Punjab governor reserves 3 Bills for President’s consideration
Bills, which have been at the centre of the latest row between governor Banwarilal Purohit and the Bhagwant Mann-led AAP govt in Punjab are the Sikh Gurdwaras (Amendment) Bill, 2023, Punjab Universities Laws (Amendment) Bill, 2023, and Punjab Police (Amendment) Bill, 2023.
Governor Banwarilal Purohit on Wednesday reserved three Bills passed by the Punjab Vidhan Sabha in June this year for the consideration of President Droupadi Murmu.
The controversial Bills, which have been at the centre of the latest row between Purohit and the Bhagwant Mann-led Aam Aadmi Party (AAP) government in Punjab, include the Sikh Gurdwaras (Amendment) Bill, 2023, the Punjab Universities Laws (Amendment) Bill, 2023 and The Punjab Police (Amendment) Bill, 2023.
The first aims at providing free-to-air telecast of the Gurbani from Golden Temple in Amritsar by amending the British-era Sikh Gurdwaras Act, 1925, and ensuring that it is not commercialised in any manner.
The Punjab Universities Laws (Amendment) Bill, 2023, seeks to replace the governor with the chief minister as chancellor of 11 state-run universities. The AAP government brought the Bill following a standoff with the governor over the procedure to appoint vice-chancellors of Baba Farid University of Health Sciences (BFUHS) and Punjab Agricultural University (PAU).
The Punjab Police (Amendment) Bill, 2023, seeks to do away with the Supreme Court-mandated procedure in the selection of state police chiefs.
The governor has reserved these three Bills for the consideration of the President of India as per Article 200 of the Constitution, a Raj Bhavan spokesperson said.
According to Article 200, “When a Bill has been passed by the legislative assembly of a state or, in the case of a state having a legislative council, has been passed by both Houses of the legislature of the state, it shall be presented to the governor and the governor shall declare either that he assents to the Bill or that he withholds assent therefrom or that he reserves the Bill for the consideration of the President.”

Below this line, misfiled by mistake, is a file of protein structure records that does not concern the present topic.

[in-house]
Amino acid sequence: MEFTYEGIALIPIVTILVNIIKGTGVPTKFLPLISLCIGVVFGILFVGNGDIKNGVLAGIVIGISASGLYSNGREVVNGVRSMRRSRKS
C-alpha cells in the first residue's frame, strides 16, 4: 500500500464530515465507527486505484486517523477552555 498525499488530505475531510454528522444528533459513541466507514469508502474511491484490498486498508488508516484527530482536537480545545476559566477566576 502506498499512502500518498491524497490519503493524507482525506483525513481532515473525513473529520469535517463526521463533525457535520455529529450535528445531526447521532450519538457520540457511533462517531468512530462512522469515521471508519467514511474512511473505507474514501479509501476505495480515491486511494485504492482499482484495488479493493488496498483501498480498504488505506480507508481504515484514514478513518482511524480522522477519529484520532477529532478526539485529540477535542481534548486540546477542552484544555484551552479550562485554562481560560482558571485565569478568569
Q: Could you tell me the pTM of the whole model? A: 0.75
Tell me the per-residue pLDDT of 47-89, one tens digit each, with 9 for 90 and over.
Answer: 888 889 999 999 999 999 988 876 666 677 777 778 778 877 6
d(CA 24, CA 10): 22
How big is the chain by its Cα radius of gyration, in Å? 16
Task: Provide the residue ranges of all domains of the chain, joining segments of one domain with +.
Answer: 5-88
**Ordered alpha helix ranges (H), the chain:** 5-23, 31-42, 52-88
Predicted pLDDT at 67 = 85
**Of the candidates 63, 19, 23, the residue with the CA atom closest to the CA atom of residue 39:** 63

Last week, the governor had granted assent to the Punjab Affiliated Colleges (Security of Service) Amendment Bill, 2023. It is aimed at streamlining the functioning of the Punjab Educational Tribunal for government-aided private colleges.
All four Bills were cleared by the Punjab Vidhan Sabha during the two-day special session held on June 19 and 20 and had been pending with the governor since then. Purohit had called the June 19-20 session, which was convened after adjournment of the budget session in March sine-die instead of prorogation, as “patently illegal”, casting doubt on the legality of the Bills passed during the sitting of the House.
The governor’s decision on the Bills came days after the Supreme Court declared the June 19-20 session as constitutionally valid and asked him to take decisions on four Bills passed during the sitting and pending with him.
The apex court, in its November 10 judgment, ruled that governors cannot be at liberty to keep Bills indefinitely. The state government moved the court accusing the governor of sitting over Bills. The court did not spare the state government either, saying its actions of keeping the assembly in suspended animation amounted to defeating the Constitution. It, however, upheld the Speaker’s supremacy in conducting the business of the House or adjourning its sessions.
After the Supreme Court’s order, Mann and Purohit had on November 24 exchanged letters over the pending Bills. Mann wrote to Purohit requesting him to grant assent to Bills “forthwith” in keeping with the “constitutional obligation” and the spirit of democracy as elucidated in the order of the Supreme Court. The governor had also responded promptly, writing to Mann that the Bills were under his “active consideration” and appropriate decision according to the law would be taken expeditiously in keeping with the apex court’s November 10 judgment. Another Bill, the State Vigilance Commission (Repeal) Bill, 2022, which was passed by the state assembly in September 2022, is still awaiting the governor’s assent.